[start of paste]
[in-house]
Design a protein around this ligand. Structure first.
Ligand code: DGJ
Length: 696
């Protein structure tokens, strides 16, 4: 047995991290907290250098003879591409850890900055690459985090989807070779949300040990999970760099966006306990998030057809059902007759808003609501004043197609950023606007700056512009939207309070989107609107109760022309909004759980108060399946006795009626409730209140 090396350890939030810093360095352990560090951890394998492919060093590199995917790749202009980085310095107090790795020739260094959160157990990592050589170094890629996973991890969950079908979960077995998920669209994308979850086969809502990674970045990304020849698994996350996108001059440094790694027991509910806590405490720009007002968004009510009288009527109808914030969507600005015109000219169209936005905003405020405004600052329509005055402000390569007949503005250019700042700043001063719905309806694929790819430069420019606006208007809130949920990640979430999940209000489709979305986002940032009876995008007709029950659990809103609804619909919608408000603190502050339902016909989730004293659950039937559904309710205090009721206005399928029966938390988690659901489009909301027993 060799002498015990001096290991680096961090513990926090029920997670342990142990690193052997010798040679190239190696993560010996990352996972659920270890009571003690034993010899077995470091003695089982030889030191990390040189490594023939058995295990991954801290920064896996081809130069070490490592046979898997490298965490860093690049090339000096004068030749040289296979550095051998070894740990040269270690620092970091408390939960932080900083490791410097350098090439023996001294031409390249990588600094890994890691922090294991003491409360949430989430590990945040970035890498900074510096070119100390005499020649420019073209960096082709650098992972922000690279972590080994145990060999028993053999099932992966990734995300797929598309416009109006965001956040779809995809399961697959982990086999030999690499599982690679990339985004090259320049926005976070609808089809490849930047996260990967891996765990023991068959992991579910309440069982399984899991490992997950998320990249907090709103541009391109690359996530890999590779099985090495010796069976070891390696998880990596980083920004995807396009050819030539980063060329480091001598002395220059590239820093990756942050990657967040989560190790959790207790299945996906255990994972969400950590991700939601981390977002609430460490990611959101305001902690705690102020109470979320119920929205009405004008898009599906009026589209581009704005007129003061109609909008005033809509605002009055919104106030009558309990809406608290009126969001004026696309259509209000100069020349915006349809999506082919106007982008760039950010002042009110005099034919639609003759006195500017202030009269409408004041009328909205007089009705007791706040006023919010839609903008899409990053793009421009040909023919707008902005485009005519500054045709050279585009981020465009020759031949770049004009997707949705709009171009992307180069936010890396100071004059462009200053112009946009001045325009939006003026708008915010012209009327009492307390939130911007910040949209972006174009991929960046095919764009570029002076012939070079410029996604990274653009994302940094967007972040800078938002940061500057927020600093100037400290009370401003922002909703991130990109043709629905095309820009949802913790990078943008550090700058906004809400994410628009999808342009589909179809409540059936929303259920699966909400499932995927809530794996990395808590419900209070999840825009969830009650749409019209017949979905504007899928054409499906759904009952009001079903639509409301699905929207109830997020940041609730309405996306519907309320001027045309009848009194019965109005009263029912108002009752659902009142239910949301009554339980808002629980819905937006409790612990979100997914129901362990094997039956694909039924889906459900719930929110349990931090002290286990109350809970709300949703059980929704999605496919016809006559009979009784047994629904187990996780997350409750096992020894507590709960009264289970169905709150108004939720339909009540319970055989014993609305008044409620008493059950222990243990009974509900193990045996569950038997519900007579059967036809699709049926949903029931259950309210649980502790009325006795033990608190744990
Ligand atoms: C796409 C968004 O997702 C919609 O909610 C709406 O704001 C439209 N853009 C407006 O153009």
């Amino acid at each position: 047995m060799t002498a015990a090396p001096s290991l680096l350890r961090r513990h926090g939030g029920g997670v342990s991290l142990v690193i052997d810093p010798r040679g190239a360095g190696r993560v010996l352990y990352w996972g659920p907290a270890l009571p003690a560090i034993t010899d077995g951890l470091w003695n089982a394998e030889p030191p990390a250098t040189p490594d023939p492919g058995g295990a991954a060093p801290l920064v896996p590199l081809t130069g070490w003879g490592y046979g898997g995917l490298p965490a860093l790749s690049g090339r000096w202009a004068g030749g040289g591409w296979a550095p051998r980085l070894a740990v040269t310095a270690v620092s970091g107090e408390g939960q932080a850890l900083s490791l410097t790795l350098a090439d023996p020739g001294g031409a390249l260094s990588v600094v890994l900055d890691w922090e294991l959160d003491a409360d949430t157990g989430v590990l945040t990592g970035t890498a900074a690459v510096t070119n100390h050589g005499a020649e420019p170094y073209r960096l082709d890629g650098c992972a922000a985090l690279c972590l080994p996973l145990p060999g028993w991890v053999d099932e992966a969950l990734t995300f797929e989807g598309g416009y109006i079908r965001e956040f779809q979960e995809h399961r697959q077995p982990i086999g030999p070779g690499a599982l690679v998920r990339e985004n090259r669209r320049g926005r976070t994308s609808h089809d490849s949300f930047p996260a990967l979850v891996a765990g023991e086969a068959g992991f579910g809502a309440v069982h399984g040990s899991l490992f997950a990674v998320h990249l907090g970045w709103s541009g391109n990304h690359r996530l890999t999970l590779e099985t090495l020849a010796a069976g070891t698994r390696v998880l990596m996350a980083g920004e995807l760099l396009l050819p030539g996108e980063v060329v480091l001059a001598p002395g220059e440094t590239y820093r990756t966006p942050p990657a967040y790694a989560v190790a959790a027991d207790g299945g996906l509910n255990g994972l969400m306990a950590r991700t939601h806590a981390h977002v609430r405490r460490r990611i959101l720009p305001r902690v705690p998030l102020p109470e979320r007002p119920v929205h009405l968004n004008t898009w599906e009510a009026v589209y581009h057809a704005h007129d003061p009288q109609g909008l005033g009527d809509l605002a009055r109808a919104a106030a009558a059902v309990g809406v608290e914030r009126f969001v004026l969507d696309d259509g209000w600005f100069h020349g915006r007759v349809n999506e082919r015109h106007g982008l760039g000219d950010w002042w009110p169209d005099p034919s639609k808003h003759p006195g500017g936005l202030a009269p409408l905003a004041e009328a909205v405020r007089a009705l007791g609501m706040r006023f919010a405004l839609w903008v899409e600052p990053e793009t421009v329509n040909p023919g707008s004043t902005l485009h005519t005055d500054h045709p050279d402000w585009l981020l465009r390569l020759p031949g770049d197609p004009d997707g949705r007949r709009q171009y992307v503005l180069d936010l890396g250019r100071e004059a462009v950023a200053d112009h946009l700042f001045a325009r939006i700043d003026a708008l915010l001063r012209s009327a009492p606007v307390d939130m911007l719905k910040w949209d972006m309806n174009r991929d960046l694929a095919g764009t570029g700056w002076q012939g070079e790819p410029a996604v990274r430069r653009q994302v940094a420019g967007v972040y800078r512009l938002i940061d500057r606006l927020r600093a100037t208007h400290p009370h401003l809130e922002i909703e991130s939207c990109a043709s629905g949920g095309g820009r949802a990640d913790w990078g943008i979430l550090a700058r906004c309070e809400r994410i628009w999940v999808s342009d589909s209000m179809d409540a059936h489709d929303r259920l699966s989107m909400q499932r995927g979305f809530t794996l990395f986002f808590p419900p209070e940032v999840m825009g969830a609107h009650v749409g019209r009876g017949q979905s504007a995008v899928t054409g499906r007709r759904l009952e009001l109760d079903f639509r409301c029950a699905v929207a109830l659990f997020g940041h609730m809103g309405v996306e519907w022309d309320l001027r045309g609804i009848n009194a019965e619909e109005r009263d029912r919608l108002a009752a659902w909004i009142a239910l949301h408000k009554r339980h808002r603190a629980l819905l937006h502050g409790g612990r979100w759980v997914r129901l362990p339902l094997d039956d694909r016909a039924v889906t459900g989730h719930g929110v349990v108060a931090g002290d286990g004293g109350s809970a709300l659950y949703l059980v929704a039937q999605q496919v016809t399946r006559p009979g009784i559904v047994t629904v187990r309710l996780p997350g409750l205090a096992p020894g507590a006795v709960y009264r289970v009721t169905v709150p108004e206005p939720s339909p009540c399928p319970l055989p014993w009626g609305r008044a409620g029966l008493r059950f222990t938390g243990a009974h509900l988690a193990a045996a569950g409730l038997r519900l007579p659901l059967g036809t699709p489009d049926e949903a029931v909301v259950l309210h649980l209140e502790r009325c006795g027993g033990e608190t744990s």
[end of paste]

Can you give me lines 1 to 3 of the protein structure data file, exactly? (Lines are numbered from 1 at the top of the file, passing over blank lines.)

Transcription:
[in-house]
Design a protein around this ligand. Structure first.
Ligand code: DGJ